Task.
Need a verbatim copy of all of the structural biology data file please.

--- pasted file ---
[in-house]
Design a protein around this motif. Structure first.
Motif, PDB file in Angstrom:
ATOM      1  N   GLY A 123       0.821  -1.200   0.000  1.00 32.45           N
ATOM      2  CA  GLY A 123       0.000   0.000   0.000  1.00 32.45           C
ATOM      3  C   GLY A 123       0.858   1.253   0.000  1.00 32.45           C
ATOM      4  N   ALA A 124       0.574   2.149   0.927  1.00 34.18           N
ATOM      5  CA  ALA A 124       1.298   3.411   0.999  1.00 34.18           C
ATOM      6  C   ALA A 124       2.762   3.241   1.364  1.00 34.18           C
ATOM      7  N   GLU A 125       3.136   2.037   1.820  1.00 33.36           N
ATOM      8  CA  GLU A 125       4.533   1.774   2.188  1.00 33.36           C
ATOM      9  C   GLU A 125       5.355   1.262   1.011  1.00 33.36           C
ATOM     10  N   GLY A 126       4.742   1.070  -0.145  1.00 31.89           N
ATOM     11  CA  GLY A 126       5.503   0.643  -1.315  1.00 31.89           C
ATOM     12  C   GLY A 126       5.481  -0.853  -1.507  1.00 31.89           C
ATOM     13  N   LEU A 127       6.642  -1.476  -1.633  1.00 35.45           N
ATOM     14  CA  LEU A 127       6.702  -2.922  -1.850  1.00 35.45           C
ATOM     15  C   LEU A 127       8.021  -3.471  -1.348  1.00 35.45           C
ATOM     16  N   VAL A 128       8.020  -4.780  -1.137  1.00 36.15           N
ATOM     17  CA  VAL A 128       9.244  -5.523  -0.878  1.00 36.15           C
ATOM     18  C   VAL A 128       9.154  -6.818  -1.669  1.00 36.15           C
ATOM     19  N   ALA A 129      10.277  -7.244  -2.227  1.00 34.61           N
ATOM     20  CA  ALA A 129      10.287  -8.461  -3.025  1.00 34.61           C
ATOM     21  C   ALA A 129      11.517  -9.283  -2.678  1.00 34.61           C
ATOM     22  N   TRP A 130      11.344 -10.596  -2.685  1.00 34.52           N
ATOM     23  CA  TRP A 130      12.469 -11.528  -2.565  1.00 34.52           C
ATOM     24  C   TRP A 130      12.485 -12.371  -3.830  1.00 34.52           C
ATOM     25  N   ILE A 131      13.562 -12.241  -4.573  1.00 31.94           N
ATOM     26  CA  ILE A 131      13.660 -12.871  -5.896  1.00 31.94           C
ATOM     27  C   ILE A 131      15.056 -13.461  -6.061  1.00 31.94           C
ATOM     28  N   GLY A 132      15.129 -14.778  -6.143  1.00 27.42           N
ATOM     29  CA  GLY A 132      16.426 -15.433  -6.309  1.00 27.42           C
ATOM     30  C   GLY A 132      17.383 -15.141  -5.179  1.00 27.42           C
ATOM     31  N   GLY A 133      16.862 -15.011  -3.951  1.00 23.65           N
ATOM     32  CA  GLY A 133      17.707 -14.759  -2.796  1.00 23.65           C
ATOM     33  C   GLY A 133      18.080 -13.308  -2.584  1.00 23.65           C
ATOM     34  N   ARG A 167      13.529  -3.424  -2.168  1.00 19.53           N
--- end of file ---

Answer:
[in-house]
Design a protein around this motif. Structure first.
Motif, PDB file in Angstrom:
ATOM      1  N   GLY A 123       0.821  -1.200   0.000  1.00 32.45           N
ATOM      2  CA  GLY A 123       0.000   0.000   0.000  1.00 32.45           C
ATOM      3  C   GLY A 123       0.858   1.253   0.000  1.00 32.45           C
ATOM      4  N   ALA A 124       0.574   2.149   0.927  1.00 34.18           N
ATOM      5  CA  ALA A 124       1.298   3.411   0.999  1.00 34.18           C
ATOM      6  C   ALA A 124       2.762   3.241   1.364  1.00 34.18           C
ATOM      7  N   GLU A 125       3.136   2.037   1.820  1.00 33.36           N
ATOM      8  CA  GLU A 125       4.533   1.774   2.188  1.00 33.36           C
ATOM      9  C   GLU A 125       5.355   1.262   1.011  1.00 33.36           C
ATOM     10  N   GLY A 126       4.742   1.070  -0.145  1.00 31.89           N
ATOM     11  CA  GLY A 126       5.503   0.643  -1.315  1.00 31.89           C
ATOM     12  C   GLY A 126       5.481  -0.853  -1.507  1.00 31.89           C
ATOM     13  N   LEU A 127       6.642  -1.476  -1.633  1.00 35.45           N
ATOM     14  CA  LEU A 127       6.702  -2.922  -1.850  1.00 35.45           C
ATOM     15  C   LEU A 127       8.021  -3.471  -1.348  1.00 35.45           C
ATOM     16  N   VAL A 128       8.020  -4.780  -1.137  1.00 36.15           N
ATOM     17  CA  VAL A 128       9.244  -5.523  -0.878  1.00 36.15           C
ATOM     18  C   VAL A 128       9.154  -6.818  -1.669  1.00 36.15           C
ATOM     19  N   ALA A 129      10.277  -7.244  -2.227  1.00 34.61           N
ATOM     20  CA  ALA A 129      10.287  -8.461  -3.025  1.00 34.61           C
ATOM     21  C   ALA A 129      11.517  -9.283  -2.678  1.00 34.61           C
ATOM     22  N   TRP A 130      11.344 -10.596  -2.685  1.00 34.52           N
ATOM     23  CA  TRP A 130      12.469 -11.528  -2.565  1.00 34.52           C
ATOM     24  C   TRP A 130      12.485 -12.371  -3.830  1.00 34.52           C
ATOM     25  N   ILE A 131      13.562 -12.241  -4.573  1.00 31.94           N
ATOM     26  CA  ILE A 131      13.660 -12.871  -5.896  1.00 31.94           C
ATOM     27  C   ILE A 131      15.056 -13.461  -6.061  1.00 31.94           C
ATOM     28  N   GLY A 132      15.129 -14.778  -6.143  1.00 27.42           N
ATOM     29  CA  GLY A 132      16.426 -15.433  -6.309  1.00 27.42           C
ATOM     30  C   GLY A 132      17.383 -15.141  -5.179  1.00 27.42           C
ATOM     31  N   GLY A 133      16.862 -15.011  -3.951  1.00 23.65           N
ATOM     32  CA  GLY A 133      17.707 -14.759  -2.796  1.00 23.65           C
ATOM     33  C   GLY A 133      18.080 -13.308  -2.584  1.00 23.65           C
ATOM     34  N   ARG A 167      13.529  -3.424  -2.168  1.00 19.53           N